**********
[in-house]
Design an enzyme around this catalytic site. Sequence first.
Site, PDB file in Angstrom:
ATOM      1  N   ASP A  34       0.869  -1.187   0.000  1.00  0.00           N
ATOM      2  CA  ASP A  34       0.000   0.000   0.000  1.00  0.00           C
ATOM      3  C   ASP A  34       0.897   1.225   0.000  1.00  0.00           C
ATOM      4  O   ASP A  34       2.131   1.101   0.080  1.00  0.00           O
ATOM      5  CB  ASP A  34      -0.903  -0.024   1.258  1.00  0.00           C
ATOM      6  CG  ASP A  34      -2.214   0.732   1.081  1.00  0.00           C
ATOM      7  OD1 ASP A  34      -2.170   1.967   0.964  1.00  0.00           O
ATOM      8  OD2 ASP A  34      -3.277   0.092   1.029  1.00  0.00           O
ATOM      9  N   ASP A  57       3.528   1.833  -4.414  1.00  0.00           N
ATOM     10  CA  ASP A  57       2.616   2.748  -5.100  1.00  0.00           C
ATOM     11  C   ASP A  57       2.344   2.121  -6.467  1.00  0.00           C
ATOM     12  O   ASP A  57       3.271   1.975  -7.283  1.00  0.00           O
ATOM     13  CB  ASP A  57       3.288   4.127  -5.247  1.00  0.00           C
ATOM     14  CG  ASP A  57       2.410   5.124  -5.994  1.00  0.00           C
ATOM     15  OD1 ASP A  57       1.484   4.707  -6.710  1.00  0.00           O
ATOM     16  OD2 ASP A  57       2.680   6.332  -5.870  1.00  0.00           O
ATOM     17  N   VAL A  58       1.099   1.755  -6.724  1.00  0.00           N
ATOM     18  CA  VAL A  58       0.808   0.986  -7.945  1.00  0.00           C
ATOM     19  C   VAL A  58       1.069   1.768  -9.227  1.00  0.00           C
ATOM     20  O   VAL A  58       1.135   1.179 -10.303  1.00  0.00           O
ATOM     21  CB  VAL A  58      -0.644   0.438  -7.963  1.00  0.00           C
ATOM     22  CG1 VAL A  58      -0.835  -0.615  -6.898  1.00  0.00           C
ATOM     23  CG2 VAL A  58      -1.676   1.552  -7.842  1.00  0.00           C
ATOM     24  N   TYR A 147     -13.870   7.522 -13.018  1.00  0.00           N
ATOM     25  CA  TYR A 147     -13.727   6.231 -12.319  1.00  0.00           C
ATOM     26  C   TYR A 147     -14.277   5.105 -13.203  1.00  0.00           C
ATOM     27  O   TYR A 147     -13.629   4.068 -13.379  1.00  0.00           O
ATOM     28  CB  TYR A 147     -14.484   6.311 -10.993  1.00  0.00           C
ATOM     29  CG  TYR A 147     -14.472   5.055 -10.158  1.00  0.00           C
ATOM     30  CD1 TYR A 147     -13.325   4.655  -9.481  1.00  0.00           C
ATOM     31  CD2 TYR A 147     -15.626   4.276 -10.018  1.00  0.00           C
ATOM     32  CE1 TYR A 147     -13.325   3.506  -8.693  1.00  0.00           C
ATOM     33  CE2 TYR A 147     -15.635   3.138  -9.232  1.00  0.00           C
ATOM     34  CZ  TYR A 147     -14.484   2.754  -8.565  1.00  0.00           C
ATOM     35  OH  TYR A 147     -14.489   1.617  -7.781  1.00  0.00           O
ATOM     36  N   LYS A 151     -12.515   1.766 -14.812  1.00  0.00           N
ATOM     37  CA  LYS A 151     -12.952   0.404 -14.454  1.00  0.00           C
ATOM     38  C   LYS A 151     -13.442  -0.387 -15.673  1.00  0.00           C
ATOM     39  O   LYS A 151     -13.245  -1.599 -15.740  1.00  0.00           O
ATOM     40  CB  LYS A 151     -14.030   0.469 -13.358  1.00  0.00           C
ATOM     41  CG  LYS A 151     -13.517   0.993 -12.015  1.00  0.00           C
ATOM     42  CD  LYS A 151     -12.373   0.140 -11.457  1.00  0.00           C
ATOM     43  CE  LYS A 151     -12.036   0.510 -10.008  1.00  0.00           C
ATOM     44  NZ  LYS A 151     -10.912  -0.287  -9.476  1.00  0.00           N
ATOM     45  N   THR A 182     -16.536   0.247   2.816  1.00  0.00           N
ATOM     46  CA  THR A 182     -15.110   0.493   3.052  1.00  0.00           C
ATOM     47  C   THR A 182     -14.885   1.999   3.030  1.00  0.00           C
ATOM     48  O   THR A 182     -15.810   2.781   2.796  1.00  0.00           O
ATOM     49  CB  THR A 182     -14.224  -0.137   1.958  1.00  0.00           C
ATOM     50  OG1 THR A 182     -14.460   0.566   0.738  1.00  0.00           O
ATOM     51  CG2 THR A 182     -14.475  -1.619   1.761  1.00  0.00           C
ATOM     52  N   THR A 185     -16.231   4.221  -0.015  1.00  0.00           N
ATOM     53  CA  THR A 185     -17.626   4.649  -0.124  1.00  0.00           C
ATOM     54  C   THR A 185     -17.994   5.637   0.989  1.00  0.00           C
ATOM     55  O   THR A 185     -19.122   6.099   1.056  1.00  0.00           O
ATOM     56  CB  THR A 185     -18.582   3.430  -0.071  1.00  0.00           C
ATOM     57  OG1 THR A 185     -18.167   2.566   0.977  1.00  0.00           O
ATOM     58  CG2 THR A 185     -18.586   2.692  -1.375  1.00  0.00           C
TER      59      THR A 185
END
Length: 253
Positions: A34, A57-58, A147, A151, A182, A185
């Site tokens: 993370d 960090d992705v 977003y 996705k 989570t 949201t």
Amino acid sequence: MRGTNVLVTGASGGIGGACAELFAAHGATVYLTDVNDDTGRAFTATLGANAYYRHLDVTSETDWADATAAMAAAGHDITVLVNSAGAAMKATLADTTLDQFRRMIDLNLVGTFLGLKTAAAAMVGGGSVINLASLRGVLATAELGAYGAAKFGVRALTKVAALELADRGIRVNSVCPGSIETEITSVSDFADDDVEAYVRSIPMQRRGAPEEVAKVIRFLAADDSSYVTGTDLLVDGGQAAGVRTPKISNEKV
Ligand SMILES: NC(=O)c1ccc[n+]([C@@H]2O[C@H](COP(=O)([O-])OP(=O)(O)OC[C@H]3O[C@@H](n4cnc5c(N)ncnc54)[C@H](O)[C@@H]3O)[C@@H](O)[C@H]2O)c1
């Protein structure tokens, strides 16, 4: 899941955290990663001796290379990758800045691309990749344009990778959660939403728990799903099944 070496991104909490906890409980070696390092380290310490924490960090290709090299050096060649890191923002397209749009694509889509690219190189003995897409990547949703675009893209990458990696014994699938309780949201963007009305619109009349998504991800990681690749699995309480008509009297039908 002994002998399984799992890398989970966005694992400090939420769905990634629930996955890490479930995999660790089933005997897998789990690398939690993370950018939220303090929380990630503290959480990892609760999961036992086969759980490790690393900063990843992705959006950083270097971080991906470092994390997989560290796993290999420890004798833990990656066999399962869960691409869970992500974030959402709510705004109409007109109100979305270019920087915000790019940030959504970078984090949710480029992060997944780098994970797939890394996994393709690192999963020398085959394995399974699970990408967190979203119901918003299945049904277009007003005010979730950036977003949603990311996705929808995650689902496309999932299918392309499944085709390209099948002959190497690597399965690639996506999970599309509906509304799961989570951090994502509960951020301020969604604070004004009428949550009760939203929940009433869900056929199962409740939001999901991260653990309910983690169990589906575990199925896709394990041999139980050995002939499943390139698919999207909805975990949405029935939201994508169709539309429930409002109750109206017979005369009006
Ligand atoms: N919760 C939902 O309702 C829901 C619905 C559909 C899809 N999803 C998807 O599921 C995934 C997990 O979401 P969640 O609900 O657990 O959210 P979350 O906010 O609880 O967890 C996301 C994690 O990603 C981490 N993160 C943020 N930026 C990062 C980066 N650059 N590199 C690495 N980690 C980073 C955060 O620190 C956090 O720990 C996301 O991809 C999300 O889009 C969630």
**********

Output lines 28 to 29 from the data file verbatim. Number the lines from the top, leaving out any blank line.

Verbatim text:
ATOM     25  CA  TYR A 147     -13.727   6.231 -12.319  1.00  0.00           C
ATOM     26  C   TYR A 147     -14.277   5.105 -13.203  1.00  0.00           C